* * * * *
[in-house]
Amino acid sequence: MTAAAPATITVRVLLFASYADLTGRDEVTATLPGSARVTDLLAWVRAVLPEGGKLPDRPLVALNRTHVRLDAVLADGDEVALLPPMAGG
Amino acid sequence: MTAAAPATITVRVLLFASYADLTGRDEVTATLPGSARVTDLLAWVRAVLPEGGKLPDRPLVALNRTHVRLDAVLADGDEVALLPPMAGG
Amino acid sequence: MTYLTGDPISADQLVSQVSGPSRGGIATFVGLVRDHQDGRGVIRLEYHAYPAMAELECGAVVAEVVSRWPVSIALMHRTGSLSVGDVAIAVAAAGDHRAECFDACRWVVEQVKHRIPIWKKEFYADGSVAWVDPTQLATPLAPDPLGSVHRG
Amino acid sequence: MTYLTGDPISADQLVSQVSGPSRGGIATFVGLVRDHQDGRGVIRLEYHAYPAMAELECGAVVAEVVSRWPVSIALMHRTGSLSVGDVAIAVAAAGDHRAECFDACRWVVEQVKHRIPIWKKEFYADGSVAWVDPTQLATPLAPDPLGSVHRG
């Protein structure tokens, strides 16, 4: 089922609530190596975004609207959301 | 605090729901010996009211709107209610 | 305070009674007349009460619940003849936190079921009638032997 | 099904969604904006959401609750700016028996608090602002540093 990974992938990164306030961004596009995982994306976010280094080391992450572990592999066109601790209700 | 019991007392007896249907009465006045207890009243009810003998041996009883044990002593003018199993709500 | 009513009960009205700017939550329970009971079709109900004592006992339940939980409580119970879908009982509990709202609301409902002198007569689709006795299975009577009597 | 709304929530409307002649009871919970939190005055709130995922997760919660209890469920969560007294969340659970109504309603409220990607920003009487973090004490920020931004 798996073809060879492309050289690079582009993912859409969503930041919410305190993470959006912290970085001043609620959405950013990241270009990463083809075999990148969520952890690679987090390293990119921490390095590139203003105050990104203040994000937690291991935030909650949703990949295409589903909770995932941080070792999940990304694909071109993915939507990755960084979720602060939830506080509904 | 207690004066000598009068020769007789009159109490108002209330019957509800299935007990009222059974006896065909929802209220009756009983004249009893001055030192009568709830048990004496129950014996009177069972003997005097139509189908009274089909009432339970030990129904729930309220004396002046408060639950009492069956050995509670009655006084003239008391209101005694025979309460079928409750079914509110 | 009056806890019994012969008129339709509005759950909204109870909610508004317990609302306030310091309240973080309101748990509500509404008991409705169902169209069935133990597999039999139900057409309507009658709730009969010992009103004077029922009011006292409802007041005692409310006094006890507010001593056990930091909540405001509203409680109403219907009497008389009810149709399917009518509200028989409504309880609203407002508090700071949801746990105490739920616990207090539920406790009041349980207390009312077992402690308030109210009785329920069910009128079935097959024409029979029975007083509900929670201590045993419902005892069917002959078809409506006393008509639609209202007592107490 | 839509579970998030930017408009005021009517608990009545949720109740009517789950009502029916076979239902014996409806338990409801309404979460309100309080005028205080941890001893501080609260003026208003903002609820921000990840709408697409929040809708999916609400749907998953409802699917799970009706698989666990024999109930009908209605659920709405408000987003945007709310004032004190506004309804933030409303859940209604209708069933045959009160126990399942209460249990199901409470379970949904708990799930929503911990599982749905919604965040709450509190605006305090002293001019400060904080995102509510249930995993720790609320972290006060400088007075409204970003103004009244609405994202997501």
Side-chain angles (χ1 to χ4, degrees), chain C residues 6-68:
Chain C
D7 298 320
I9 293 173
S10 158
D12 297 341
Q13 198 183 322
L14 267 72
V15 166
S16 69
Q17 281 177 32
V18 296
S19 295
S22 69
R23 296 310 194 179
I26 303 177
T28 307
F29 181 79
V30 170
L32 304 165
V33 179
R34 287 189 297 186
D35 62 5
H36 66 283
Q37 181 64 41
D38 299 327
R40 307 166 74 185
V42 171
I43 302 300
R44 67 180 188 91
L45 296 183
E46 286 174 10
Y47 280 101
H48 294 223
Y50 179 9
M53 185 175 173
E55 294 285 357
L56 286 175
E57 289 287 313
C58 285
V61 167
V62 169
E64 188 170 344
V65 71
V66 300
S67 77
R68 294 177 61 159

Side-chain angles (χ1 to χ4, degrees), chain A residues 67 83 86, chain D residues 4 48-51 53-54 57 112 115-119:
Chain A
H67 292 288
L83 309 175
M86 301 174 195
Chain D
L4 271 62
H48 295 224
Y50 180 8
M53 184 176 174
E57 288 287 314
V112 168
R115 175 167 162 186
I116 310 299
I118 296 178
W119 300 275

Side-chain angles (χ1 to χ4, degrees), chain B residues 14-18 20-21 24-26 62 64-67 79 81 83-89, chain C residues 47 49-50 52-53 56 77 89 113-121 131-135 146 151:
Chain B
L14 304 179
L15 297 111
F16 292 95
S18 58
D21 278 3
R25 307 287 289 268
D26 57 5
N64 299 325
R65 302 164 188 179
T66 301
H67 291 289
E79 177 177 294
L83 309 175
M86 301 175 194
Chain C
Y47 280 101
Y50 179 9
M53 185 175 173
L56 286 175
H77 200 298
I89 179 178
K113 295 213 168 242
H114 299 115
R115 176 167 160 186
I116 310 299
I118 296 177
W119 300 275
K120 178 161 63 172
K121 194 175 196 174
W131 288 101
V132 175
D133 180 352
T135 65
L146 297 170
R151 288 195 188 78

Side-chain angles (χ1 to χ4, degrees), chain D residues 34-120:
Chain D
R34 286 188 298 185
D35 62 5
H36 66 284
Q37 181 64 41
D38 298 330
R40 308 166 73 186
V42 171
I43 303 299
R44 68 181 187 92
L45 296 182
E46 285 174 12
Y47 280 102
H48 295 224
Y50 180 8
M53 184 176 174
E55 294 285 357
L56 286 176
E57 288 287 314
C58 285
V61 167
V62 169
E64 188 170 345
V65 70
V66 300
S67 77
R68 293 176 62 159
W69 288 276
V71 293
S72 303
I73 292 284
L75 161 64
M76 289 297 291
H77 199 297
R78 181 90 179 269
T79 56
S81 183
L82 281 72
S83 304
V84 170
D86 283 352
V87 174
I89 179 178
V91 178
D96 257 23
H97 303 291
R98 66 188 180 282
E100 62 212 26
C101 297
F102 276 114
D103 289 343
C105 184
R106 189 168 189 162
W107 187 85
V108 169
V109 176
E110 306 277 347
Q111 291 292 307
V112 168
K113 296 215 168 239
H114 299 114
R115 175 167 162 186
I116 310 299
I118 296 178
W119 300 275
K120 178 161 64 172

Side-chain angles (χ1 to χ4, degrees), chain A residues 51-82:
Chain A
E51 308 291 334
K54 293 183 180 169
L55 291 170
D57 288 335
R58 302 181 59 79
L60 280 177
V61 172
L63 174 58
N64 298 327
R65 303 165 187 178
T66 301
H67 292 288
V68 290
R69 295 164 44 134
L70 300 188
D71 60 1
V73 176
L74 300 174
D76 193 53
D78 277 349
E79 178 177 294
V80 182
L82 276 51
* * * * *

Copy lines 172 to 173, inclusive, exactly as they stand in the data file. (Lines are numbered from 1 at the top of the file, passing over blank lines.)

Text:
W119 300 275
K120 178 161 64 172